Funding Source Amount

Revenue Per Student

Source: Colorado Legislative Council Staff. 2019 School Finance in Colorado.

For comparison, Aspen spends $25,566 per pupil and Bayfield spends $37,584 per pupil.

Proposed Budget for 2022-23 school year
= $432 Million

Revised Budget is comprised of:

  • A $2.0M decrease in revenue from the 2021-22
  • An increase in School Finance Act revenue that is the result of a per- pupil revenue increase based on decreasing the budget stabilization factor and funding of COLA in the base.
  • An increase in Mill Levy Property Tax revenue that is indexed at 25.0 percent of School Finance Act funding as this is calculated on Total Program, which is before the budget stabilization factor is applied.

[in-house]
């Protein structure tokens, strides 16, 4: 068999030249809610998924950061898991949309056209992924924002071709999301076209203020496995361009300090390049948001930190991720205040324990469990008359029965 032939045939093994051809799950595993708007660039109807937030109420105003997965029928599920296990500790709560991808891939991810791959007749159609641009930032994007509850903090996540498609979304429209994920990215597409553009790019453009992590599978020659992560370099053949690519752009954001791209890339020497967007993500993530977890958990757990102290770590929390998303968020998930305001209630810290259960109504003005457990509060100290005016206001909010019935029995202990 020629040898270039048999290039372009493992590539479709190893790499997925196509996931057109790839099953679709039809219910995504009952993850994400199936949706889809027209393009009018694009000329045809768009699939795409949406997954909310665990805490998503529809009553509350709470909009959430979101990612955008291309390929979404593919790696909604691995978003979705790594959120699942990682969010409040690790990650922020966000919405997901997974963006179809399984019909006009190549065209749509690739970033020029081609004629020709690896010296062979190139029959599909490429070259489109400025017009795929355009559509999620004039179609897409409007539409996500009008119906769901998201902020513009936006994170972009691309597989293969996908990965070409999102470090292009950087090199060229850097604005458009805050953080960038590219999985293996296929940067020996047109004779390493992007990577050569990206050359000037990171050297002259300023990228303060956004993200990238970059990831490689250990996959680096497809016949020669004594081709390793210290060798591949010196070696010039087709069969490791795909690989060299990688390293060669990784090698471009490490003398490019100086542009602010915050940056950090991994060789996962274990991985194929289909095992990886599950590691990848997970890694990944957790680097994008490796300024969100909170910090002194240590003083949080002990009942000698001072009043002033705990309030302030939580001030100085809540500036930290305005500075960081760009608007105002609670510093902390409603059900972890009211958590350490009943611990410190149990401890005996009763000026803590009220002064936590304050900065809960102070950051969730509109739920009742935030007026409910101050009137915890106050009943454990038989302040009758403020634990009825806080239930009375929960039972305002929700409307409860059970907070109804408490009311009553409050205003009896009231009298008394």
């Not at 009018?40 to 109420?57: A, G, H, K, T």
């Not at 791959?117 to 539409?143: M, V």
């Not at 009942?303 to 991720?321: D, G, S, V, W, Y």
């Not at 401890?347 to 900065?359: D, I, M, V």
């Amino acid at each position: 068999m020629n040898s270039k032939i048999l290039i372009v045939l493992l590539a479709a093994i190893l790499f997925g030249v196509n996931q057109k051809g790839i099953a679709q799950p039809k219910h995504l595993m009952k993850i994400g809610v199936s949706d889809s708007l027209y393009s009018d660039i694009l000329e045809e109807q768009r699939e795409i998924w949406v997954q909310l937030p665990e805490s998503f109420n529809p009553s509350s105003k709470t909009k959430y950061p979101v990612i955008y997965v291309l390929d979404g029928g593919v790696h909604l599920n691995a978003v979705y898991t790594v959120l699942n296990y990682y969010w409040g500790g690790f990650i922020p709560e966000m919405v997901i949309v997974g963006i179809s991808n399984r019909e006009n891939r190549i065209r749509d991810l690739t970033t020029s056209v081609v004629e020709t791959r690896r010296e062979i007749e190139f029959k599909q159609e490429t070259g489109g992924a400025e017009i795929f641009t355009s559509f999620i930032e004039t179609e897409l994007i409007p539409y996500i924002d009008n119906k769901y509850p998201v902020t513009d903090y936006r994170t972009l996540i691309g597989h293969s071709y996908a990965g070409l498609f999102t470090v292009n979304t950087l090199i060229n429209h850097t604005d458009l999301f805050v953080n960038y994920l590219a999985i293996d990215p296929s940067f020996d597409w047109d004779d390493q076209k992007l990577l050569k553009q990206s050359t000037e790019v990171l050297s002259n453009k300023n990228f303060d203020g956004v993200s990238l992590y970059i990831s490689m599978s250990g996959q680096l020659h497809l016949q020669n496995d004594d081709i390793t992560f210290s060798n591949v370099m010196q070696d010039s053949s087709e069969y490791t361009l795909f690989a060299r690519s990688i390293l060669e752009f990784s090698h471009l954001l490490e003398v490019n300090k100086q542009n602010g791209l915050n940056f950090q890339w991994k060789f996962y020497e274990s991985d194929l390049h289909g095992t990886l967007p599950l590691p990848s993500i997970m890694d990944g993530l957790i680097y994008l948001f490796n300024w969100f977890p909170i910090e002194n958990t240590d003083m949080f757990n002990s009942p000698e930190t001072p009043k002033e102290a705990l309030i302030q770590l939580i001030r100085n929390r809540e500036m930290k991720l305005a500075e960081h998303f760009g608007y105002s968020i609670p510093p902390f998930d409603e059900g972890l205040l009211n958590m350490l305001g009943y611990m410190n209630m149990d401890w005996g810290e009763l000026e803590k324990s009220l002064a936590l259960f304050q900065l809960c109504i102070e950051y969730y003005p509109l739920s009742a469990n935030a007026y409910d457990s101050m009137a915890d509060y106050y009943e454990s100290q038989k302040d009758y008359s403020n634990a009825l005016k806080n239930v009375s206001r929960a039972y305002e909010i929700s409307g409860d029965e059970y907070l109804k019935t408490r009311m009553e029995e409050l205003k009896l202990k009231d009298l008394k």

• A decrease in Specific Ownership Taxes – Non-Equalized.
  • An increase in Miscellaneous Revenue due to recognizing Technology income in the General Fund effective 2022-23.
  • Removal of 2021-22 one-time indirect cost revenue from the Grant Fund.
  • An increase in one-time indirect cost revenue from the Grant Fund.
  • An increase in Special Education Reimbursement due to an increased per pupil reimbursement amount.
  • A slight increase in Career and Technical state categorical funding.
  • An increase in revenue from Services Provided to Charters.

How schools are financed in BOULDER